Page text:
It’s Oktoberfest time, so in the spirit of the annual sudsy tradition, we dive into why and how we brew with CO2.
Let’s start with the beer. If you’ve ever been warned that beer is not the solution, you can reply with, “Maybe not, but it is a solution.” In the scientific sense, that is.
Brew with CO2
Beer starts with a relatively simple ingredient list: wort, water, grains. When brewer’s yeast is added to this mixture, it consumes the sugar and starch in the wort. The “waste product” of this activity is alcohol and natural carbon dioxide (CO2) gas. This is the fermentation process.
As the CO2 dissolves in the beer, the molecules expand outward, attract and become surrounded by the water molecules in the beer. This is known as dissolution.
Historically, much of the natural CO2 byproduct escaped into the air during brewing, but most modern breweries and microbreweries today use a CO2 capture system that pumps the gas back into the vats.
When fermentation is complete, the vats are sealed to allow the CO2 in the beer as well as in the headspace (the air above the liquid) of the vat to pressurize and promote natural carbonation. Simple, electronic CO2 monitors measure the levels during production and storage.
Bottling with CO2
While the CO2 gas present during brewing forms as a natural by-product of the fermentation process, bottling poses a carbonation problem if intervention is not taken.
In order to ensure the CO2 in the beer doesn’t escape prior to hitting shelves, CO2 gas is injected into each bottle prior to the beer being filled. This also minimizes the exposure of the liquid to oxygen and reduces foam.
Prior to capping the bottle, some breweries even go so far as to draw out the air in the headspace between the beer and the cap, replacing that with CO2 gas. This allows beer to remain fresher for longer, which is useful on store shelves, particularly if they are not refrigerated.
CO2 in kegs and taps
Have you ever wondered how your draft of choice travels from wherever the kegs are stored, up through the taps at the bar, and into your glass? Since this is a CO2 article, you’ve already guess it.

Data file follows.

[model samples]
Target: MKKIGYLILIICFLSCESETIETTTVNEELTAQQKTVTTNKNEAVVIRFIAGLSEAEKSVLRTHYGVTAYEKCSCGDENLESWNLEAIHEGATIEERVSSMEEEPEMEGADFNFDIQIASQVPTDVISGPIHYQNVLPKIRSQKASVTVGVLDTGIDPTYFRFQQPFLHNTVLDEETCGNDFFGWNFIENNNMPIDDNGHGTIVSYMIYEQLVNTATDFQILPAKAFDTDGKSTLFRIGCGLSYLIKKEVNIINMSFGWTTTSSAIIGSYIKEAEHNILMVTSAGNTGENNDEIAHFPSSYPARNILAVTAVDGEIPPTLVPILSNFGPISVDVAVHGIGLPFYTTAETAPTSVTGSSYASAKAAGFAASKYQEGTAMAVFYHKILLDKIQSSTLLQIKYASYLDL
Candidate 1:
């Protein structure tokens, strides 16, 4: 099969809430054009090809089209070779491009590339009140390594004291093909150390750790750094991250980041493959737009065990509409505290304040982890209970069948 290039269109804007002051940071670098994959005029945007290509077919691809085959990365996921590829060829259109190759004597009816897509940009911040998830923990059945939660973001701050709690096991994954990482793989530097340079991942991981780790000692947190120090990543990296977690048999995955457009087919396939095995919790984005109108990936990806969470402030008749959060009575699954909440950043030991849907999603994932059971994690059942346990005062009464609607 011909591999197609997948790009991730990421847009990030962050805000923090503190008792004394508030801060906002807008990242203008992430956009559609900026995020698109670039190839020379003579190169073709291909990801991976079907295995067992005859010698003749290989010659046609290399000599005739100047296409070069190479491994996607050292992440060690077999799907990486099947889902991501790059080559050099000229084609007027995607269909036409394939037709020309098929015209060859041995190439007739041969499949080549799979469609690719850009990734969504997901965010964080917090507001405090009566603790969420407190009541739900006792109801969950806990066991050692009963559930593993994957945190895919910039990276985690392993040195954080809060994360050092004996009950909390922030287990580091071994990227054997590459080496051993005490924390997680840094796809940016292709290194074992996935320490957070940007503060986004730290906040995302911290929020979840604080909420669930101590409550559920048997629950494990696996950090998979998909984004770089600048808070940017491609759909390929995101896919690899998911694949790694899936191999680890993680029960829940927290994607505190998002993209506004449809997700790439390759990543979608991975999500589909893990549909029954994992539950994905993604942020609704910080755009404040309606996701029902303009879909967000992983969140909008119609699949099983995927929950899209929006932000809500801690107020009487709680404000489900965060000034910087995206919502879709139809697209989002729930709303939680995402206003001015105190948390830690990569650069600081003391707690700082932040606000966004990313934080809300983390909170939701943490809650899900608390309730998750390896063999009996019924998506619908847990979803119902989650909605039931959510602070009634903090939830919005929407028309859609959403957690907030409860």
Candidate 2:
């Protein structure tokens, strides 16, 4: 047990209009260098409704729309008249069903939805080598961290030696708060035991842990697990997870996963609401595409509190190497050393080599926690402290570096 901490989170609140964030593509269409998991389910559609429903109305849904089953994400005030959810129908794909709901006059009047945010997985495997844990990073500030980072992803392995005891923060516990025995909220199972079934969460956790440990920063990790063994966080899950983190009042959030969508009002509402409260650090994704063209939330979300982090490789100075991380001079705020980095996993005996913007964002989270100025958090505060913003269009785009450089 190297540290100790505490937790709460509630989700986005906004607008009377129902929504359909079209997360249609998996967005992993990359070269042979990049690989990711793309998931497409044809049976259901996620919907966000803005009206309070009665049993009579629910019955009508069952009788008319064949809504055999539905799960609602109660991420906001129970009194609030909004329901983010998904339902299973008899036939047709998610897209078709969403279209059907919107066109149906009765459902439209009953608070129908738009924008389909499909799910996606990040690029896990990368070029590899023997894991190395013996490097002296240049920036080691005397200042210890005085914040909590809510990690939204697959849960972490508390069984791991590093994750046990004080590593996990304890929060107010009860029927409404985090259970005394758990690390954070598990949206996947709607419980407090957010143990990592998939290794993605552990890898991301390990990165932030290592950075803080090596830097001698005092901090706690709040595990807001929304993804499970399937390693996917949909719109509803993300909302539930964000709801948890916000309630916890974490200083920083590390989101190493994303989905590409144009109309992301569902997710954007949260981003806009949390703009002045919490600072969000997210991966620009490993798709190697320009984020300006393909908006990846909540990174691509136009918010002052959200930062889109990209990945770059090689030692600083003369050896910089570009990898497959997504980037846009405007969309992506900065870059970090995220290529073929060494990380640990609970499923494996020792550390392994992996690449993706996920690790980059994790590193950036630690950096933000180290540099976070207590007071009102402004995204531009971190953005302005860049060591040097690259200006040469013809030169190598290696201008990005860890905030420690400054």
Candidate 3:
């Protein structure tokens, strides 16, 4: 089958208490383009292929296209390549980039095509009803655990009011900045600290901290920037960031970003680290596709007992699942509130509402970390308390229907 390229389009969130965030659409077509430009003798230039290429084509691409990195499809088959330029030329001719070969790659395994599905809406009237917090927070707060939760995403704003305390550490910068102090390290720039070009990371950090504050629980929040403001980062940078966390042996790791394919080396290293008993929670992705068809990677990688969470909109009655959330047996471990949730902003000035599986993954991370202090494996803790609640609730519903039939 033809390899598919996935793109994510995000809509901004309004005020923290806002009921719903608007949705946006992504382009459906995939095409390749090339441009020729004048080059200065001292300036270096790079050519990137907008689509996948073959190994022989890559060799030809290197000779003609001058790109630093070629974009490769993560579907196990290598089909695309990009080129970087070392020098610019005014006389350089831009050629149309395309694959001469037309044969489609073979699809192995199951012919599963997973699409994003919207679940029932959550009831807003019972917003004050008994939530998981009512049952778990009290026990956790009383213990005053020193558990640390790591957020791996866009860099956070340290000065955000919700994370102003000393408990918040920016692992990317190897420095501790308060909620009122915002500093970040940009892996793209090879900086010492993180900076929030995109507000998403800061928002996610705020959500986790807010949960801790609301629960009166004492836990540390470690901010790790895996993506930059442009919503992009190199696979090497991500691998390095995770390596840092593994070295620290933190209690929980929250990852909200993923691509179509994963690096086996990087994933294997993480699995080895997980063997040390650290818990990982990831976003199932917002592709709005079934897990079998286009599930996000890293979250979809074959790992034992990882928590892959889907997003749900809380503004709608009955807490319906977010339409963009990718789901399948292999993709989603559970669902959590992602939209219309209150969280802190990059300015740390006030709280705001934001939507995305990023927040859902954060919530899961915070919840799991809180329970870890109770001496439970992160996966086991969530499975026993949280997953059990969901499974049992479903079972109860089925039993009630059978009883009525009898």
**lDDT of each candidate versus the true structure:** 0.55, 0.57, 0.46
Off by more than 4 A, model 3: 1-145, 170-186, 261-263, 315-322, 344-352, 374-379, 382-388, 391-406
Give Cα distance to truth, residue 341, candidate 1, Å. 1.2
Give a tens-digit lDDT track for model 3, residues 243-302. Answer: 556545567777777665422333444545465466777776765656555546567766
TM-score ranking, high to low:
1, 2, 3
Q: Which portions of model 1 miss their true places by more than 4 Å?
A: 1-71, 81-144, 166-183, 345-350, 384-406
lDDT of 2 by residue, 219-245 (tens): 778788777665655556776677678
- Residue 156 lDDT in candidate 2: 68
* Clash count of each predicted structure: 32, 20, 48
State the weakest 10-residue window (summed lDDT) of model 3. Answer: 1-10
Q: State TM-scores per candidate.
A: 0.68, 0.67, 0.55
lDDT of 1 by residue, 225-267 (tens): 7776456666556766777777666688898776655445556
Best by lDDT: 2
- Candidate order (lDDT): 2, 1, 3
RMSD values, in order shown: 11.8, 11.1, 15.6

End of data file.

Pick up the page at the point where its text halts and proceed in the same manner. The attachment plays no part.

Pressurized CO2 systems force the beer from the keg, up through the lines, to the tap. Not only does the carbon dioxide gas act as the pressure system to allow the liquid to defy gravity, it also helps ensure optimum carbonation of the beer during the last leg of its trip.
CO2 draft system mistakes
We’ve simplified the above information to give an overview into why and how we brew with CO2. However, the process from brewing to keg storage requires a lot of precise knowledge and science. A lot can go wrong if certain balances are not maintained.
Have you ever felt oddly full or bloated after a draft or two? This is usually because the temperature at which the kegs are being stored is too low. Beer that is too cold traps excess CO2 and may taste flat at first, but as it warms the trapped gas begins to expel. Most of it is expelling in your stomach as your body temperature warms the beer. This leads to that belchy, bloated feeling.
Have you had a beer that seems over carbonated, almost hard to drink? This happens when the CO2 pressure is too high. The beer simply absorbs the excess gas.
Contrarily, too little pressure in the kegs can lead to the beer going flat as the CO2 in the liquid is allowed to bubble out of the liquid.
Can you brew without CO2Stout drinkers will know, you can brew with nitrogen instead of CO2. Nitrogen gives beer an entirely different taste, texture, and style, but we’ll get into that next month.
At Zephyr, we provide carbon dioxide gas throughout North America, specializing in the food, beverage, and brewing industries for controlled atmosphere packaging and storage, moisture degradation and oxidation control, pest prevention, as well as for soft drink carbonation and pH control.
To learn how we can serve you, call us today at 877.275.9374 or request a free quote on our website. Get a free CO2 quote from us here.